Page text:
In this season of Breaking Smart, I will not attempt to predict the what and when of the future. In fact, a core element of the hacker ethos is the belief that being open to possibilities and embracing uncertainty is necessary for the actual future to unfold in positive ways. Or as computing pioneer Alan Kay put it, inventing the future is easier than predicting it.
And this is precisely what tens of thousands of small teams — small enough to be fed by no more than two pizzas, by a rule of thumb made famous by Amazon founder Jeff Bezos — are doing across the world today.
Prediction as a foundation for facing the future involves risks that go beyond simply getting it wrong. The bigger risk is getting attached to a particular what and when, a specific vision of a paradise to be sought, preserved or reclaimed. This is often a serious philosophical error — to which pastoralist mindsets are particularly prone — that seeks to limit the future.
But while I will avoid dwelling too much on the what and when, I will unabashedly advocate for a particular answer to how. Thanks to virtuous cycles already gaining in power, I believe almost all effective responses to the problems and opportunities of the coming decades will emerge out of the hacker ethos, despite its apparent peripheral role today. The credentialist ethos of extensive planning and scripting towards deterministic futures will play a minor supporting role at best. Those who adopt a Promethean mindset and break smart will play an expanding role in shaping the future. Those who adopt a pastoral mindset and retreat towards tradition will play a diminishing role, in the shrinking number of economic sectors where credentialism is still the more appropriate model.
The nature of problem-solving in the hacker mode, based on trial-and-error, iterative improvement, testing and adaptation (both automated and human-driven) allows us to identify four characteristics of how the future will emerge.
First, despite current pessimism about the continued global leadership of the United States, the US remains the single largest culture that embodies the pragmatic hacker ethos, nowhere more so than in Silicon Valley. The United States in general, and Silicon Valley in particular, will therefore continue to serve as the global exemplar of Promethean technology-driven change. And as virtual collaboration technologies improve, the Silicon Valley economic culture will increasingly become the global economic culture.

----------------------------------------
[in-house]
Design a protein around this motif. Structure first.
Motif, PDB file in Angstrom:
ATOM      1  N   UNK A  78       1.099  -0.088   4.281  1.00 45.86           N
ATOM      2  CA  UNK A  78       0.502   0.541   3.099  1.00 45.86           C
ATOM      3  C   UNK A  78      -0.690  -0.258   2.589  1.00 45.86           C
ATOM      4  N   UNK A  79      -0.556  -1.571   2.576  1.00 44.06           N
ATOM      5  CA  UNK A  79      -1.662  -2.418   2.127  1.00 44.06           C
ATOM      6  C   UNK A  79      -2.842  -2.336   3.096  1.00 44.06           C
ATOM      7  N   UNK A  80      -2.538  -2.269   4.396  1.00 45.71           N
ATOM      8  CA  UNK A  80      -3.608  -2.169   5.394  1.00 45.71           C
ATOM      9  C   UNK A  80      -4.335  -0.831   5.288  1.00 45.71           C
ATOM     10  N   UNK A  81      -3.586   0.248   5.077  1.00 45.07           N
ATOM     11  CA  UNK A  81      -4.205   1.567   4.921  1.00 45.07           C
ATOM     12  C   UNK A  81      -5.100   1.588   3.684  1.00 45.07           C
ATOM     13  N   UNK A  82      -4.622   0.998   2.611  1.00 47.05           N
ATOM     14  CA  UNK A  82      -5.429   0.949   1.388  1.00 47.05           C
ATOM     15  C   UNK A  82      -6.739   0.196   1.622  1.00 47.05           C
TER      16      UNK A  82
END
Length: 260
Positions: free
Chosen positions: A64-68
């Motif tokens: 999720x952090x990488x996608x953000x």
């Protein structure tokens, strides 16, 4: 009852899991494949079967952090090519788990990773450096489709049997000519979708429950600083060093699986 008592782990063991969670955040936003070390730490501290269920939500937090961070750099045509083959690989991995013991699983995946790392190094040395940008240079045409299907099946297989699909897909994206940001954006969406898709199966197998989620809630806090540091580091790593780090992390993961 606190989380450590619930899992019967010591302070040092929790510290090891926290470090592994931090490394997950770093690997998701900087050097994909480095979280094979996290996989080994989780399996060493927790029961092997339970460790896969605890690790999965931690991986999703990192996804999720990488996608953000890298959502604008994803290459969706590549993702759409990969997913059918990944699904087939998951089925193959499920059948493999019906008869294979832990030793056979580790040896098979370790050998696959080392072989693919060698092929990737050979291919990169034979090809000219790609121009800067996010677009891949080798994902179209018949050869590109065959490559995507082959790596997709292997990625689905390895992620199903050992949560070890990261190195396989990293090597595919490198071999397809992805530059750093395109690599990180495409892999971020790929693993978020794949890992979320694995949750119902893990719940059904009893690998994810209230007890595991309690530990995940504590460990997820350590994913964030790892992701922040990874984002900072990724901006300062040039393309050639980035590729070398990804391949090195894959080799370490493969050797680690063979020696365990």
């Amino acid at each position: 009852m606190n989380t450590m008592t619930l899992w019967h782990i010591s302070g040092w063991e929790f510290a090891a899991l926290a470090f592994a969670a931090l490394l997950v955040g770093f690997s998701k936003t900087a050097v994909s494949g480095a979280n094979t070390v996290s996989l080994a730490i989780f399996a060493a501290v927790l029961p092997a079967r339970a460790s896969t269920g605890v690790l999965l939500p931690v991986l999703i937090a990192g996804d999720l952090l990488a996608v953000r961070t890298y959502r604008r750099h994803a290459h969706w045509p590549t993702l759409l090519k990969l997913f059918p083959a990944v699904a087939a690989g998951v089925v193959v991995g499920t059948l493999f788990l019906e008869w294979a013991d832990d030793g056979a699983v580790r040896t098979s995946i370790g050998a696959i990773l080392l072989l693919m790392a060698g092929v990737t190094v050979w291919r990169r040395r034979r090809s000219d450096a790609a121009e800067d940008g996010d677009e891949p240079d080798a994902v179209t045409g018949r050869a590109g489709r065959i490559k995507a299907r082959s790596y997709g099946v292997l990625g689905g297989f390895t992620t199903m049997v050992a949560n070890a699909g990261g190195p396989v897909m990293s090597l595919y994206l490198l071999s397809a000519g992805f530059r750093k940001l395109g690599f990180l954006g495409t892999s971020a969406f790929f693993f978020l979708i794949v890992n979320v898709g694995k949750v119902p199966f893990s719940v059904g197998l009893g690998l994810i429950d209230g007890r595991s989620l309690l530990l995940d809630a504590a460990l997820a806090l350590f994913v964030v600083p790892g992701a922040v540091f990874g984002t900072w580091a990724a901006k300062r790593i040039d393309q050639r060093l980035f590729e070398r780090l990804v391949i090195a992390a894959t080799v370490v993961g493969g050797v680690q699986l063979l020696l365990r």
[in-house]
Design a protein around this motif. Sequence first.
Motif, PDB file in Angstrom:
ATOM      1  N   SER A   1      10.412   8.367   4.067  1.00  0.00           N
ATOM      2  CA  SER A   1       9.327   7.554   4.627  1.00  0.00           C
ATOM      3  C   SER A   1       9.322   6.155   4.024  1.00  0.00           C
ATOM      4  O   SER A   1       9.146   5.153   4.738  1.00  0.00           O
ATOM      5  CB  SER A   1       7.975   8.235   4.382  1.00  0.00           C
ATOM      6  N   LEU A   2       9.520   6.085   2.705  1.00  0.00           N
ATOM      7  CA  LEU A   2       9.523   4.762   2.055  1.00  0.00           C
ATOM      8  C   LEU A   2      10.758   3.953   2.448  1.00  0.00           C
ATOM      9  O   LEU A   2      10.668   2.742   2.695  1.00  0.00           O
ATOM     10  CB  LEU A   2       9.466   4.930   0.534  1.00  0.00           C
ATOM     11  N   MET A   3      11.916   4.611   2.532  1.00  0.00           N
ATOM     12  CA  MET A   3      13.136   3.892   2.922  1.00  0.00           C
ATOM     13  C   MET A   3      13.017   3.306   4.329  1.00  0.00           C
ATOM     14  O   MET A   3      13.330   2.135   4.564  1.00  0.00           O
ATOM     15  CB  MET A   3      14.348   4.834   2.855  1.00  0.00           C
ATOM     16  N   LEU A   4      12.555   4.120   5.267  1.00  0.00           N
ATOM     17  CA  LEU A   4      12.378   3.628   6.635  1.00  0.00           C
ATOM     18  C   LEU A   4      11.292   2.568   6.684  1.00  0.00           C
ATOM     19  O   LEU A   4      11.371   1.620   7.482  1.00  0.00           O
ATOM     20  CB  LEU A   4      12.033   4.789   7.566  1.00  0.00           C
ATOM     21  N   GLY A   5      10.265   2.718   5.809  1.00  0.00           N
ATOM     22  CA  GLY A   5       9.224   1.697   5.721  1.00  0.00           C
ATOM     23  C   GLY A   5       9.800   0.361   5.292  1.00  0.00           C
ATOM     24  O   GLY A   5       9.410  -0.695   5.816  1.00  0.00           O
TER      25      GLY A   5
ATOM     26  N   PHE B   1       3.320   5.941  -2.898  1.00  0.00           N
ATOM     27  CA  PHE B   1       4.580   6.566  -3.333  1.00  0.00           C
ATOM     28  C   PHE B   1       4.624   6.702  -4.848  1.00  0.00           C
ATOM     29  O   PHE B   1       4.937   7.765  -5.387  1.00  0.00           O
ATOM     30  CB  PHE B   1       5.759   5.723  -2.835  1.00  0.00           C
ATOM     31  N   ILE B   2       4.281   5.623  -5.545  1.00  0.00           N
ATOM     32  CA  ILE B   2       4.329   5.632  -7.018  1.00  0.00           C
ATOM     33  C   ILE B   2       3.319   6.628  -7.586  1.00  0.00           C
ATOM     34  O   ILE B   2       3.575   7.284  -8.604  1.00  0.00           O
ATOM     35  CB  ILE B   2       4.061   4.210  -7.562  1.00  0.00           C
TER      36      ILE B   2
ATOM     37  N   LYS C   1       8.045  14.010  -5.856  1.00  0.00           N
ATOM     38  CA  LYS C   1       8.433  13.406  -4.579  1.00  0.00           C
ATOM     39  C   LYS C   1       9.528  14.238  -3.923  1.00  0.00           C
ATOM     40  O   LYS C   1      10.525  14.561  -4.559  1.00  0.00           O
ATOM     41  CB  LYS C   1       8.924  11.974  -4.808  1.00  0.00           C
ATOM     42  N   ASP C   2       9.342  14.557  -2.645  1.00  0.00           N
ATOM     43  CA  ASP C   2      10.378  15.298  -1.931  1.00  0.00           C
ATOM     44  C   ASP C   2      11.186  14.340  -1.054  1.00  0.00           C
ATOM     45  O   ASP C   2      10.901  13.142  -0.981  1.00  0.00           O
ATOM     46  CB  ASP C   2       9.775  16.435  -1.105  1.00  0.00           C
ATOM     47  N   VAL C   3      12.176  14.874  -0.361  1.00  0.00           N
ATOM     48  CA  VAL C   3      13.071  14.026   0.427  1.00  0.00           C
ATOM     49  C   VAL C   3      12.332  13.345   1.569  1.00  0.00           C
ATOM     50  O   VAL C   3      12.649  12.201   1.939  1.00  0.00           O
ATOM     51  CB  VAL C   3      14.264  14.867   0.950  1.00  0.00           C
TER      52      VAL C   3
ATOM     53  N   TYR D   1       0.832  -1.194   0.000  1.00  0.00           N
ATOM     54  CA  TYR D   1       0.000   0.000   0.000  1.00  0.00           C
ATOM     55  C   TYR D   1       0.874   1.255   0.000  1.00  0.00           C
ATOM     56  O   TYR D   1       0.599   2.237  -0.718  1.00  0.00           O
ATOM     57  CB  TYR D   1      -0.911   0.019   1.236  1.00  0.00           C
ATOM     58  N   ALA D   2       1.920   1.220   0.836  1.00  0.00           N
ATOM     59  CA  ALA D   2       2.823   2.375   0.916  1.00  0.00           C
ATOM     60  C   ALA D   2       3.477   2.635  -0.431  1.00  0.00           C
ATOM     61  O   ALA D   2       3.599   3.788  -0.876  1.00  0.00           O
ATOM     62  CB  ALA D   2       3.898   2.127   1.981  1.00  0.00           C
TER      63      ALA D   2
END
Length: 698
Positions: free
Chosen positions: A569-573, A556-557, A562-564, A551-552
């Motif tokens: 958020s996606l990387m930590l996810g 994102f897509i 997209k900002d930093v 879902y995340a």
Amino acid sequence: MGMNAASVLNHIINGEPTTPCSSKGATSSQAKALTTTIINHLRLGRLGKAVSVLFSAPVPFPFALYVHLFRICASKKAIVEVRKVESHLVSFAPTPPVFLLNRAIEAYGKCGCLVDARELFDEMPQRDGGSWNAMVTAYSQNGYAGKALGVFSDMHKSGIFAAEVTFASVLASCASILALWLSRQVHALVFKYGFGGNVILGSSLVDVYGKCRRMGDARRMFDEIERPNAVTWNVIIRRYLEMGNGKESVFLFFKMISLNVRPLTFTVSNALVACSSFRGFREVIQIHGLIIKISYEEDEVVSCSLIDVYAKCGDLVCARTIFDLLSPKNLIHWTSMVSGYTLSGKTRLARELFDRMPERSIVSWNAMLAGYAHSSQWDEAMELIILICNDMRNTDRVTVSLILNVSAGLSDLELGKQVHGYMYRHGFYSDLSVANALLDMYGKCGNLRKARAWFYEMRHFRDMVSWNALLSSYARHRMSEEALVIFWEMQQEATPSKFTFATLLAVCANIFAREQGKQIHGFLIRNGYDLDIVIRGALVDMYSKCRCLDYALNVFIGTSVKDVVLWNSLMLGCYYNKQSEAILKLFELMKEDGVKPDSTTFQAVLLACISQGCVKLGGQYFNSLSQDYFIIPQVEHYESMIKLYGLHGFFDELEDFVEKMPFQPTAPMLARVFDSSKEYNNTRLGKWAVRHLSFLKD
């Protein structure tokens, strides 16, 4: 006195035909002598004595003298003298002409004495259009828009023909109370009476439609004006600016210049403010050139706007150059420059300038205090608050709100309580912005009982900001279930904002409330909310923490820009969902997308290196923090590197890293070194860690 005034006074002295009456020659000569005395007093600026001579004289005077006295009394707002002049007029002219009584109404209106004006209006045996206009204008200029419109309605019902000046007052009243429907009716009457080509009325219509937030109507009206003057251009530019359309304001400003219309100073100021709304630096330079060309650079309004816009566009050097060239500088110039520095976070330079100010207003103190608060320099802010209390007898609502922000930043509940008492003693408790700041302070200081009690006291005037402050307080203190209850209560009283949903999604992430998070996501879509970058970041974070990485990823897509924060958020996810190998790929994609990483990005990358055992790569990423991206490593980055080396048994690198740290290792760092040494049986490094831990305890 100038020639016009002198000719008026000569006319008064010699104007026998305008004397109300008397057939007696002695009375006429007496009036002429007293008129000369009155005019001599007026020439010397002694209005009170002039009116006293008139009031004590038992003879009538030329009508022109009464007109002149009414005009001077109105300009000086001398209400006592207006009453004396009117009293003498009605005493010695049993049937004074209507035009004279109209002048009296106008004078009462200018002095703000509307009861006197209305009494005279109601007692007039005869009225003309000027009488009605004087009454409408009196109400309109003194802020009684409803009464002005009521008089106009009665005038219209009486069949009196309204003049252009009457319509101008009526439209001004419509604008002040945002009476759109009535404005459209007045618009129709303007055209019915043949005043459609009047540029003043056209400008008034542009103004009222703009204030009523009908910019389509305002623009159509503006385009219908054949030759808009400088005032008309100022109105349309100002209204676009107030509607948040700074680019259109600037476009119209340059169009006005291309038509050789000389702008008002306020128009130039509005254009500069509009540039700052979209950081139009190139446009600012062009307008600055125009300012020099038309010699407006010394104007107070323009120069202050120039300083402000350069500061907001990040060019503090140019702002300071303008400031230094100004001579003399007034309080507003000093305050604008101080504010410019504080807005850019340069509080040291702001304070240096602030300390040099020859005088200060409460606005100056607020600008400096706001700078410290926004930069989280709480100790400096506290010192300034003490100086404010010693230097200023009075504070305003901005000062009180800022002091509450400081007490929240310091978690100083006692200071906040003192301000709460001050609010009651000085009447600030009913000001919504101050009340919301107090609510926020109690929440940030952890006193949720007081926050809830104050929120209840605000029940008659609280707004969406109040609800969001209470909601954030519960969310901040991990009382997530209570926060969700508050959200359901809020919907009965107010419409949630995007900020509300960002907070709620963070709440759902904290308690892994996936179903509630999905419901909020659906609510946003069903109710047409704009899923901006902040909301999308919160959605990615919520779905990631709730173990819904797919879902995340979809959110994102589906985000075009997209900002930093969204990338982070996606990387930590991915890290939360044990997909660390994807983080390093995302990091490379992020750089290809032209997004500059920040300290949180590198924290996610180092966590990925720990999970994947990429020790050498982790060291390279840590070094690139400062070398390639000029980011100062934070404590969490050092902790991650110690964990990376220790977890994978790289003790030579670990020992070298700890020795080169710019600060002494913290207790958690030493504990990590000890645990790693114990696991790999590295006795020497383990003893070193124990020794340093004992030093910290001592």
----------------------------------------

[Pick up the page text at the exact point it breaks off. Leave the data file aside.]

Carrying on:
Second, the future will unfold through very small groups having very large impacts. One piece of wisdom in Silicon Valley today is that the core of the best software is nearly always written by teams of fewer than a dozen people, not by huge committee-driven development teams. This means increasing well-being for all will be achieved through small two-pizza teams beating large ones. Scale will increasingly be achieved via loosely governed ecosystems of additional participants creating wealth in ways that are hard to track using traditional economic measures. Instead of armies of Organization Men and Women employed within large corporations, and Organization Kids marching in at one end and retirees marching out at the other, the world of work will be far more diverse.
Third, the future will unfold through a gradual and continuous improvement of well-being and quality of life across the world, not through sudden emergence of a utopian software-enabled world (or sudden collapse into a dystopian world). The process will be one of fits and starts, toys and experiments, bugginess and brokenness. But the overall trend will be upwards, towards increasing prosperity for all.
Fourth, the future will unfold through rapid declines in the costs of solutions to problems, including in heavily regulated sectors historically resistant to cost-saving innovations, such as healthcare and higher education. In improvements wrought by software, poor and expensive solutions have generally been replaced by superior and cheaper (often free) solutions, and these substitution effects will accelerate.